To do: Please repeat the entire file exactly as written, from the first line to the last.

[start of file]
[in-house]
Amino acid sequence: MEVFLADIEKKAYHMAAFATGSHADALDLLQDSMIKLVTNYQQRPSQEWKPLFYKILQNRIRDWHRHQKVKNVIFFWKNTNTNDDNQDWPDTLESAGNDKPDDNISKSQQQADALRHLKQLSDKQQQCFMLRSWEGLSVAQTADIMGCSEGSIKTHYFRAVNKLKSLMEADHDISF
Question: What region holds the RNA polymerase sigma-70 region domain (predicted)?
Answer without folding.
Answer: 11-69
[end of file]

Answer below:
[in-house]
Amino acid sequence: MEVFLADIEKKAYHMAAFATGSHADALDLLQDSMIKLVTNYQQRPSQEWKPLFYKILQNRIRDWHRHQKVKNVIFFWKNTNTNDDNQDWPDTLESAGNDKPDDNISKSQQQADALRHLKQLSDKQQQCFMLRSWEGLSVAQTADIMGCSEGSIKTHYFRAVNKLKSLMEADHDISF
Question: What region holds the RNA polymerase sigma-70 region domain (predicted)?
Answer without folding.
Answer: 11-69